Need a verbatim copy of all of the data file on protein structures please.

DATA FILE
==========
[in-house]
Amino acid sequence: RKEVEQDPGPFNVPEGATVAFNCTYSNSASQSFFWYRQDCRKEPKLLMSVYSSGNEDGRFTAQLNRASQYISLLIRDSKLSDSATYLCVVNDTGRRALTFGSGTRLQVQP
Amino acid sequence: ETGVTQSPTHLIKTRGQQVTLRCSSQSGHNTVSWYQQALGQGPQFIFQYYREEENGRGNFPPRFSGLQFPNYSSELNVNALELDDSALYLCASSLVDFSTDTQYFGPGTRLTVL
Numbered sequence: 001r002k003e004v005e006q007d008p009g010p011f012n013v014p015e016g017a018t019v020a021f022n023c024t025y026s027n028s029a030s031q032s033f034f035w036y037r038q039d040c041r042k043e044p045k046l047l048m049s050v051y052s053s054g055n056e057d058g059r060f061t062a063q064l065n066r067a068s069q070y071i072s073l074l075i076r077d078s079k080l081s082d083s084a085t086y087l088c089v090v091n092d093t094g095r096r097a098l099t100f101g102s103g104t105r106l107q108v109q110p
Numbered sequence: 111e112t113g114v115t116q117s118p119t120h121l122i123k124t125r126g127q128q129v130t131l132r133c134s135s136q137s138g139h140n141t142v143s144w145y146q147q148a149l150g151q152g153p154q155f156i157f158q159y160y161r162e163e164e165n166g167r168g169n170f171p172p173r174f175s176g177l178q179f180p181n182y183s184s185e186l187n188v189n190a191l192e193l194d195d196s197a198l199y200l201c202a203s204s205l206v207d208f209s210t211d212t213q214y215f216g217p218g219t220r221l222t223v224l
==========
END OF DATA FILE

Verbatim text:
[in-house]
Amino acid sequence: RKEVEQDPGPFNVPEGATVAFNCTYSNSASQSFFWYRQDCRKEPKLLMSVYSSGNEDGRFTAQLNRASQYISLLIRDSKLSDSATYLCVVNDTGRRALTFGSGTRLQVQP
Amino acid sequence: ETGVTQSPTHLIKTRGQQVTLRCSSQSGHNTVSWYQQALGQGPQFIFQYYREEENGRGNFPPRFSGLQFPNYSSELNVNALELDDSALYLCASSLVDFSTDTQYFGPGTRLTVL
Numbered sequence: 001r002k003e004v005e006q007d008p009g010p011f012n013v014p015e016g017a018t019v020a021f022n023c024t025y026s027n028s029a030s031q032s033f034f035w036y037r038q039d040c041r042k043e044p045k046l047l048m049s050v051y052s053s054g055n056e057d058g059r060f061t062a063q064l065n066r067a068s069q070y071i072s073l074l075i076r077d078s079k080l081s082d083s084a085t086y087l088c089v090v091n092d093t094g095r096r097a098l099t100f101g102s103g104t105r106l107q108v109q110p
Numbered sequence: 111e112t113g114v115t116q117s118p119t120h121l122i123k124t125r126g127q128q129v130t131l132r133c134s135s136q137s138g139h140n141t142v143s144w145y146q147q148a149l150g151q152g153p154q155f156i157f158q159y160y161r162e163e164e165n166g167r168g169n170f171p172p173r174f175s176g177l178q179f180p181n182y183s184s185e186l187n188v189n190a191l192e193l194d195d196s197a198l199y200l201c202a203s204s205l206v207d208f209s210t211d212t213q214y215f216g217p218g219t220r221l222t223v224l